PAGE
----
LOS ANGELES (Reuters) - From his classic 1967 Los Angeles pool scene “A Bigger Splash” to his interpretations of Yorkshire forests, British artist David Hockney has always injected the world around him with a vibrant palette, most recently in a study of perspectives.
“David Hockney: Painting and Photography,” opening this week at the LA Louver gallery right near California’s Venice Beach, features acrylic paintings and photographs that play with spatial effects and vanishing points.
“Thirty years ago, I did a Vogue for Paris using these ideas, but it’s only with digits (digital) that you can really take off, and I only just realized that two years ago,” Hockney, 78, told Reuters.
The 28 works in the collection were done by the artist over the past two years since he moved back to Los Angeles.
The paintings echo the photographic collages that were created using software to seamlessly blend hundreds of photos depicting people mingling and socializing in Hockney’s home studio, surrounded by tables, chairs and his artworks.
Technology has always played a key part in Hockney’s works, from his 1986 “Pearblossom Hwy,” a composite shot of a California highway created using hundreds of photographs of the scene, to a collection of iPad sketches of Yorkshire’s forestry, displayed in 2012’s “A Bigger Picture” exhibit in London.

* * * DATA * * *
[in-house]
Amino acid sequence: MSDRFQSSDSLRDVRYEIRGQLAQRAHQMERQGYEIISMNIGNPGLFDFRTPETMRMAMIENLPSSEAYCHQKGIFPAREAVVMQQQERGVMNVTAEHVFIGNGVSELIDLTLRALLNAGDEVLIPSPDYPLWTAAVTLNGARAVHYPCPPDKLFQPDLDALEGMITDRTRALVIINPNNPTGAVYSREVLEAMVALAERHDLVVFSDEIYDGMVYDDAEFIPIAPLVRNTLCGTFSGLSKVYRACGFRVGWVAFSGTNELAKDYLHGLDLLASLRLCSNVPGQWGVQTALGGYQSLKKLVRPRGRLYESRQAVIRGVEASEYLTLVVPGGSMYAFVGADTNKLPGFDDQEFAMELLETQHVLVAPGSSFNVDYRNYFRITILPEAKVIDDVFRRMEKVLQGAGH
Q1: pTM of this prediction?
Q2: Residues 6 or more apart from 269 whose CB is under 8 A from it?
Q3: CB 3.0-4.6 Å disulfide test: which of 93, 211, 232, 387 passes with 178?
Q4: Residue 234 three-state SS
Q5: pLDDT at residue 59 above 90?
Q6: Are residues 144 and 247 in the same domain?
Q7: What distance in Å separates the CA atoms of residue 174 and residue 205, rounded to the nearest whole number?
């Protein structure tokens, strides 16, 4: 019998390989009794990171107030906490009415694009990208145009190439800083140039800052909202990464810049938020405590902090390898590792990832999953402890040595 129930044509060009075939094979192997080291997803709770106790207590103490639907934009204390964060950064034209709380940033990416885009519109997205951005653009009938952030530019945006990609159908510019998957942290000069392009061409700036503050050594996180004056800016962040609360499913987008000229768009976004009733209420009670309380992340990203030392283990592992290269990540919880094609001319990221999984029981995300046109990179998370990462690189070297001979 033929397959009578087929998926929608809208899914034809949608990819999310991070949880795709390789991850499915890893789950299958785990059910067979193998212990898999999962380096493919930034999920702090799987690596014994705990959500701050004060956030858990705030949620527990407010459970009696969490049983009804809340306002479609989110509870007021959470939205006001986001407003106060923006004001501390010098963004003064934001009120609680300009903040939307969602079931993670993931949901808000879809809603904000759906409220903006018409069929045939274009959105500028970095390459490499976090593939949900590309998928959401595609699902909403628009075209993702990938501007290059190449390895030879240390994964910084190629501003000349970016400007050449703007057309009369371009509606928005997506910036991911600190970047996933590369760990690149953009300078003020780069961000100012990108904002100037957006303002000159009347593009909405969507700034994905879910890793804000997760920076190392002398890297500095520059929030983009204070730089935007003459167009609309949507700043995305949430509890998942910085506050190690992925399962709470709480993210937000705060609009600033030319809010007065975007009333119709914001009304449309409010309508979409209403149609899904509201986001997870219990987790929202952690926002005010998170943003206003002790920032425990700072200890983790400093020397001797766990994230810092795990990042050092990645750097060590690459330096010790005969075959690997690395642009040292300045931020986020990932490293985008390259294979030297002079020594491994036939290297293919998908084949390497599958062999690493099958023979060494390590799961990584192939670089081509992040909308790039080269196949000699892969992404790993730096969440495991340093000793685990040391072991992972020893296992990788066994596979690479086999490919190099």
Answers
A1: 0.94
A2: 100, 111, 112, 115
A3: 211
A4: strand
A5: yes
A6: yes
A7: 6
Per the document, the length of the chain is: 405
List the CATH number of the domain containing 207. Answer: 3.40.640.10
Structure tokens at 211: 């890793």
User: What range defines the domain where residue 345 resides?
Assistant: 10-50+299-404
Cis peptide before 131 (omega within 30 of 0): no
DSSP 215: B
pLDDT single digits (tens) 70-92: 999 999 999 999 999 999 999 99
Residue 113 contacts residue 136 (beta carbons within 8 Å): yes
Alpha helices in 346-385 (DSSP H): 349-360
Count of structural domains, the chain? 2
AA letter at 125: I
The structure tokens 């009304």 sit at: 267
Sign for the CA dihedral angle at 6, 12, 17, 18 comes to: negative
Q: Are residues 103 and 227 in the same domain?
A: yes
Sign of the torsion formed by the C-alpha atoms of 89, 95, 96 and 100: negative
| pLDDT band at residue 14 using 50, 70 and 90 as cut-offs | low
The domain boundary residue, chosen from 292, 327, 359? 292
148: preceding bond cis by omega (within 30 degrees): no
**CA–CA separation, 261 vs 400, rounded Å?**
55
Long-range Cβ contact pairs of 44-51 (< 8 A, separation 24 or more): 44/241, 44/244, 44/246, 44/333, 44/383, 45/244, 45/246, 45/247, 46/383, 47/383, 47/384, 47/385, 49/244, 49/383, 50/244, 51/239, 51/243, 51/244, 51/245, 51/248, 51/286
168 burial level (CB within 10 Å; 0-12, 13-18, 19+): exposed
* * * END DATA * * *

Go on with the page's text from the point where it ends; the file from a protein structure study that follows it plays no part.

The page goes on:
“The technological change is enormous now, enormous, and people haven’t quite got it yet,” he said.
The Yorkshire-born artist, who said he mainly confines himself to his Hollywood Hills home due to his poor hearing, said he’s still inspired by Los Angeles, a city he first moved to in the 1960s that has influenced his vibrant color palettes.
“The light here is marvelous, it’s a lot better than England,” he said. “I don’t go out much but there’s a reasonably sophisticated city down the hill.”
Hockney is one of Britain’s most influential artists, his works a hot commodity in the art market. Earlier this month, his “Arranged Felled Trees” sold for 3.4 million pounds in London.
Hockney said he has found himself working more than ever now, painting his Los Angeles garden and portraits of people - he has completed 65 works so far.
“They all sit in the same chair, they all just sit down and I let them sit down, and they all sit in different ways,” he said.
“I’ve plenty to do working in portraits like this, I could go on for an awful long time.”
Reporting by Piya Sinha-Roy; Editing by Leslie Adler